By Christopher Zoukis
More than six million citizens will be handcuffed from voting this November.
After updating a study it did four years ago, The Sentencing Project released the estimated number of Americans that won’t be permitted to vote in this year’s elections due to their criminal records. Using new Census data on the voting age population, and adjusting for recent changes in state disenfranchisement laws, the study placed the number of disenfranchised ex-felons at 6.1 million.
The number of disenfranchised persons has climbed alongside the growth in incarceration totals. Forty years ago, an estimated 1.1 million people had lost their voting rights due to criminal convictions. Twenty years later, the total had risen to 3.3 million. In 2000, the number reached 4.7 million, rose to 5.4 million by 2004, and to 5.9 million by 2010, according to a study released in 2012 by some of the same authors of the most recent study.
Many will find it surprising that less than a quarter of these people — roughly 23% of those unable to vote due to criminal records — are currently incarcerated. The study indicated that 77% of the disenfranchised live among us in our nation’s communities. Those who have completed their sentences number nearly three million and make up 51% of the disenfranchised. Citizens on probation for felonies account for over 1.1 million — about 18% of the total. Over half a million, comprising about 8% of the total, are parolees.
State disenfranchisement rates for this year’s elections will vary substantially, largely due to differences in how broadly the state’s provisions apply. Fourteen states disenfranchise only those currently in prison, while four states also include those released on parole. Disenfranchisement laws in 18 more states also cover former inmates out on probation, and 12 states include former inmates who have completed their sentences, including parole or probation. Only Maine and Vermont currently let inmates vote in their elections, and thus have no disenfranchised voters.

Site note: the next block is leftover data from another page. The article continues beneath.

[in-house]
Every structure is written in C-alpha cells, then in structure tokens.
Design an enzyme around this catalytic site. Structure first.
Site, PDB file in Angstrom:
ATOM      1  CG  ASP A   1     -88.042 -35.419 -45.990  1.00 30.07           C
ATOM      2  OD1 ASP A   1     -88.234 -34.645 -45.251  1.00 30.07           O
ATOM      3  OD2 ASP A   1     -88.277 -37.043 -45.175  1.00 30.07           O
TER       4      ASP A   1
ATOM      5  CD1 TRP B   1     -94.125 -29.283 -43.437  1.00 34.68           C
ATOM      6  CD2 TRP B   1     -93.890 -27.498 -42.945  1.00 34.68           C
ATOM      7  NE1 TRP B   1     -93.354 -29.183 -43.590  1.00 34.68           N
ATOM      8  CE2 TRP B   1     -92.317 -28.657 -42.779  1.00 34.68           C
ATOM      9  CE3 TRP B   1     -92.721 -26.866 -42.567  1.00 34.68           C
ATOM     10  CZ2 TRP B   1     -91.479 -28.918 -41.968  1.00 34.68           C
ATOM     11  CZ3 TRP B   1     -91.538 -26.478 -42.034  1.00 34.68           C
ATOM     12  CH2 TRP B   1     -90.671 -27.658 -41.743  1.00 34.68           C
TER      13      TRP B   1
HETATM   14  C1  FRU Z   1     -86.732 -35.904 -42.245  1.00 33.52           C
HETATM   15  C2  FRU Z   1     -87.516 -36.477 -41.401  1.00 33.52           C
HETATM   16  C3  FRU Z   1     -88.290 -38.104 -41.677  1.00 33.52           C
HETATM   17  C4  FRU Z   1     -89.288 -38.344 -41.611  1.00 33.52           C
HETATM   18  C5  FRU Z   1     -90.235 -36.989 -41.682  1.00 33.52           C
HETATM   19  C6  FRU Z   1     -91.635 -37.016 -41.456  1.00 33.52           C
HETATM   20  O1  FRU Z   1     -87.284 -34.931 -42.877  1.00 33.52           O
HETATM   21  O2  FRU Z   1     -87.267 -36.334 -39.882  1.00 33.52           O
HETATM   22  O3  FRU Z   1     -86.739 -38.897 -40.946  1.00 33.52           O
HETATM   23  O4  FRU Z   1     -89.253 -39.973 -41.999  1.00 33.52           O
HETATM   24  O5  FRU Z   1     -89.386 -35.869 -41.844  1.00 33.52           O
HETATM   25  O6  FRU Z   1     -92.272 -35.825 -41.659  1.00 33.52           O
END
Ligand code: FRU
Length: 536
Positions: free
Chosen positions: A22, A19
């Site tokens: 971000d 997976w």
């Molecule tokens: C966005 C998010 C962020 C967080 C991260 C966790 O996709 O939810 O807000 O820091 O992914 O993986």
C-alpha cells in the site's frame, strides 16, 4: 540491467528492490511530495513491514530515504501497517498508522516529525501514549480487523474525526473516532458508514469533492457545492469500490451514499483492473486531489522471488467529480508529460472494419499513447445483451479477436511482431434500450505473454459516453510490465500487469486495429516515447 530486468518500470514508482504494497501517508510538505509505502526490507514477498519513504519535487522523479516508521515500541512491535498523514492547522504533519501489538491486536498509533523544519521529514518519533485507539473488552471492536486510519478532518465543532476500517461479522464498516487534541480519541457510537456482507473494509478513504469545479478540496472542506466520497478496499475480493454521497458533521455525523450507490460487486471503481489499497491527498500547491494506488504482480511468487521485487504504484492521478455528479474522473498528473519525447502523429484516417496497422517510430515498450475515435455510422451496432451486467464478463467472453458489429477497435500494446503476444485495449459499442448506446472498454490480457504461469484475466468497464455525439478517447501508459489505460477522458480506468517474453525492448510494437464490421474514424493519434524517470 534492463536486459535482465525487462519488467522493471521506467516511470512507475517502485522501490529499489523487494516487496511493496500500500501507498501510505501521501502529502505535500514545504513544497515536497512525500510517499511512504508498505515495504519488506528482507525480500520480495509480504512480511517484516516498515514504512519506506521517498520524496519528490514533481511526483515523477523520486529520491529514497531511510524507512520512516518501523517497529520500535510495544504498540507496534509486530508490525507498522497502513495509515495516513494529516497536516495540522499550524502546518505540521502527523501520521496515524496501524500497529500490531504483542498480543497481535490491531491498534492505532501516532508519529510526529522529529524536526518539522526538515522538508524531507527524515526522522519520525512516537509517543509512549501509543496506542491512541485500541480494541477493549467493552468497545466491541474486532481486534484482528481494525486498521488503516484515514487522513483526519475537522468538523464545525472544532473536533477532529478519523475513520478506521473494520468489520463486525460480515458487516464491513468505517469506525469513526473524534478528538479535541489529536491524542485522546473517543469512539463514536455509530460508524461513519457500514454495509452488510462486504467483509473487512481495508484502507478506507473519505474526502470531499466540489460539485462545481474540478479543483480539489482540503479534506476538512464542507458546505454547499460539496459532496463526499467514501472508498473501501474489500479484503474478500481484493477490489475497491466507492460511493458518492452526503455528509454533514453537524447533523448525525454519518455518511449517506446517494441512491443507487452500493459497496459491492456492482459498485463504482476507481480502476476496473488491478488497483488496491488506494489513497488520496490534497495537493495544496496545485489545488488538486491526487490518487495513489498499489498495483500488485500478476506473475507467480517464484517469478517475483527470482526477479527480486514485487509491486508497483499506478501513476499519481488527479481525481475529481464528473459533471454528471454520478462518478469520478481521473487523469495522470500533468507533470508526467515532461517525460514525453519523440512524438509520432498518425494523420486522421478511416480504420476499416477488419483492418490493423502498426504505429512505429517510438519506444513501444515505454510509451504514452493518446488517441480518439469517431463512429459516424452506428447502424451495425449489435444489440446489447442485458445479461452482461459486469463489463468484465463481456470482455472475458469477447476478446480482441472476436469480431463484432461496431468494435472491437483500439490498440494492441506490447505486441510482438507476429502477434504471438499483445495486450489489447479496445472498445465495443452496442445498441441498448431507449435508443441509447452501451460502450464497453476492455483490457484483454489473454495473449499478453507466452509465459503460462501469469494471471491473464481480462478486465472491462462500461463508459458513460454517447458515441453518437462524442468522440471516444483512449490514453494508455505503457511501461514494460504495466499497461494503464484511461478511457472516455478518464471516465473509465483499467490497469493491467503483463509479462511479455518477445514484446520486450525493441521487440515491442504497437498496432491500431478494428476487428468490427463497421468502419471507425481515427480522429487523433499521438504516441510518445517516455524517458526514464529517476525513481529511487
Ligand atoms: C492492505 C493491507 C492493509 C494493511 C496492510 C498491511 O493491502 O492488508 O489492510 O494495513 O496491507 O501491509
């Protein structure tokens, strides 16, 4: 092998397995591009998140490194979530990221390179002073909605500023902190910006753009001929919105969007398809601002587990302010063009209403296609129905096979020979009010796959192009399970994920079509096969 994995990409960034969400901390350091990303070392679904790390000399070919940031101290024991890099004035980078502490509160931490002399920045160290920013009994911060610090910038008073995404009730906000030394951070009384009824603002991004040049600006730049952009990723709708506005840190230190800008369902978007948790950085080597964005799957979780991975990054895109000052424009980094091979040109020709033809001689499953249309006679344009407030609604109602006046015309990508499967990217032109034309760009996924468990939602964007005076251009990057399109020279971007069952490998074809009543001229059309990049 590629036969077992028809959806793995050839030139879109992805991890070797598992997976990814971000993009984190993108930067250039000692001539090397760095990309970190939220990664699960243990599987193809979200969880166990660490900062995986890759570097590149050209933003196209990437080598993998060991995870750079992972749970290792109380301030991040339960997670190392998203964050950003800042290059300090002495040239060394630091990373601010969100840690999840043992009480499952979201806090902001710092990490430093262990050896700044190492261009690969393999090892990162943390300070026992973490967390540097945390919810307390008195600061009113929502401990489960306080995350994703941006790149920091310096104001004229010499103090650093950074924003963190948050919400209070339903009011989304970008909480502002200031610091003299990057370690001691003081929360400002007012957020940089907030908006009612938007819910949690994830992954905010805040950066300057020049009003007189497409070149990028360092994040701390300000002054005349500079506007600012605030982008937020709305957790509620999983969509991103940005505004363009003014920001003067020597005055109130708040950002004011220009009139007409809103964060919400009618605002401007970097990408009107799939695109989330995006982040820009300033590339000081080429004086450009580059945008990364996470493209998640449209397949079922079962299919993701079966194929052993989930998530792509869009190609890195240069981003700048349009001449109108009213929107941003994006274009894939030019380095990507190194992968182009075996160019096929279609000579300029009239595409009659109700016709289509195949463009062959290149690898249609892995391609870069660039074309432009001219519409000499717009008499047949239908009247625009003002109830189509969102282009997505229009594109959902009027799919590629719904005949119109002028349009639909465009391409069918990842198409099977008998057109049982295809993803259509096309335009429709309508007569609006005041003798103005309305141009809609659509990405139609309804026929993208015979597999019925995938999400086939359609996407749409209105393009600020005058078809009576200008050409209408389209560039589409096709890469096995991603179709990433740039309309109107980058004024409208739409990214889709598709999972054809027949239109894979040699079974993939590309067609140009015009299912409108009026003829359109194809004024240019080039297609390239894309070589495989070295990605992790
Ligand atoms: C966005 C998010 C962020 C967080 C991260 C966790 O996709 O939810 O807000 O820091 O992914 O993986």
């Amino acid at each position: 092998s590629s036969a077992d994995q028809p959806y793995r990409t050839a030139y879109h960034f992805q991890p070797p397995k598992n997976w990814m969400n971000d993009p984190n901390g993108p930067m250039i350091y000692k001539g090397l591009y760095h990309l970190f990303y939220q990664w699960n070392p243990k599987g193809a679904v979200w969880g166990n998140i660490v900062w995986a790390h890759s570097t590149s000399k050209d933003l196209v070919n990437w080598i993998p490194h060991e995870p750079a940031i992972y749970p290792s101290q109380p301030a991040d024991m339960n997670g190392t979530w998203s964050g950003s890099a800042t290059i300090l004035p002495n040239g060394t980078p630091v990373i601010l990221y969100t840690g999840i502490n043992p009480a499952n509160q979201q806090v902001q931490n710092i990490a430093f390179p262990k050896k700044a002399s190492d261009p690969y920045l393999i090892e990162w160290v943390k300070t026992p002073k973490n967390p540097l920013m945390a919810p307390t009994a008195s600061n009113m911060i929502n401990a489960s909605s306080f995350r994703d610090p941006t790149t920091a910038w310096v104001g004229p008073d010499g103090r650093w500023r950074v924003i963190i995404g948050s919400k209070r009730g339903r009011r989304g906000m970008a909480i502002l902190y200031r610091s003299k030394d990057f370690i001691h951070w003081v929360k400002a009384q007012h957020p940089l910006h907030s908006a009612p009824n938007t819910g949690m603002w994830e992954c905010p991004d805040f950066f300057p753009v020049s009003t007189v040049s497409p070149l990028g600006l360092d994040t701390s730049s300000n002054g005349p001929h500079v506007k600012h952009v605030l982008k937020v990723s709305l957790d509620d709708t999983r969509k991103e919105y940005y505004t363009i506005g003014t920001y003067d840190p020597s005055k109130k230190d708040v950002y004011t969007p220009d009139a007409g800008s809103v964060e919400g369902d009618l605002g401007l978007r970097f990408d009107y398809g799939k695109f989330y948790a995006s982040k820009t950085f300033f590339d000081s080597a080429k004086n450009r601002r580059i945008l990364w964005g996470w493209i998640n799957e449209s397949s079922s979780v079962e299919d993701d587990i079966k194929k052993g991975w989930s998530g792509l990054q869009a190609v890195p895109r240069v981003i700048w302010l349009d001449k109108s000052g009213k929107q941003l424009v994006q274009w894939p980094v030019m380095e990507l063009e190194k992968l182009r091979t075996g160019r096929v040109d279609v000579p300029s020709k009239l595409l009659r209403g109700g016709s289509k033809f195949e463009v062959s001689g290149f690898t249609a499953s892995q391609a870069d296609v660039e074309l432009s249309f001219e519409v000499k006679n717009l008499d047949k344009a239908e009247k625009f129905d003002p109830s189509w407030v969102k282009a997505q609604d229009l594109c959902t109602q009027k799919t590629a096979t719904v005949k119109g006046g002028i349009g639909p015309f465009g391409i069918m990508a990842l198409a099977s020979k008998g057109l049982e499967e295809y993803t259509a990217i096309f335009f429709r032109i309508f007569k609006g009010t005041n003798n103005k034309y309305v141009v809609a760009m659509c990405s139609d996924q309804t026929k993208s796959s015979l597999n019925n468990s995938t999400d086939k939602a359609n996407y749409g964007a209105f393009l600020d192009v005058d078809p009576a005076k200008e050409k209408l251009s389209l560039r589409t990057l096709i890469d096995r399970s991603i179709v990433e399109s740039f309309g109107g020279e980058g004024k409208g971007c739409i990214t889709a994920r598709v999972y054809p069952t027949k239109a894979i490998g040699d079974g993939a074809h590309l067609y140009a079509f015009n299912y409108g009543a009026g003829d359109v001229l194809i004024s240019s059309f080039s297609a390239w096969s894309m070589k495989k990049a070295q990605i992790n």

Seven states disenfranchise less than half a percentage of their population, while the rates in the rates in six southern states hit over 7%. The new study notes that felony disenfranchisement laws “vary tremendously across racial and ethnic groups,” with more Hispanics and African-Americans affected. In some states — Kentucky, Tennessee, and Virginia — disenfranchisement rates for African Americans make up more than 20% of the voting age population, and that rate is 5% or higher in 23 states.
Despite the large and growing numbers of current or former inmates unable to vote, the trend in recent years has been to eliminate or reduce barriers to former prisoners’ voting. The best-known recent instance is Virginia governor Terry McAuliffe’s issuance of an executive order earlier this year, attempting to restore voting rights for all Virginians who had completed their sentences. However, after a court found that exceeded his legal powers, he issued separate orders restoring voting rights to nearly 13,000 individuals in August.
A number of states have begun processes to return voting rights to those with criminal records. In Alabama, legislators simplified the voting rights restoration process for those who had completed sentences for crimes not involving moral turpitude. California restored voting rights for convicted felons residing in jails (but not in prisons). Maryland lifted disenfranchisement for those on parole or probation. And Wyoming restored voting rights after five years for those who completed sentences for first-time, non-violent felonies.
Christopher Zoukis is the author of College for Convicts: The Case for Higher Education in American Prisons (McFarland & Co., 2014) and Prison Education Guide (Prison Legal News Publishing, 2016). He can be found online at ChristopherZoukis.com, PrisonEducation.com and PrisonLawBlog.com.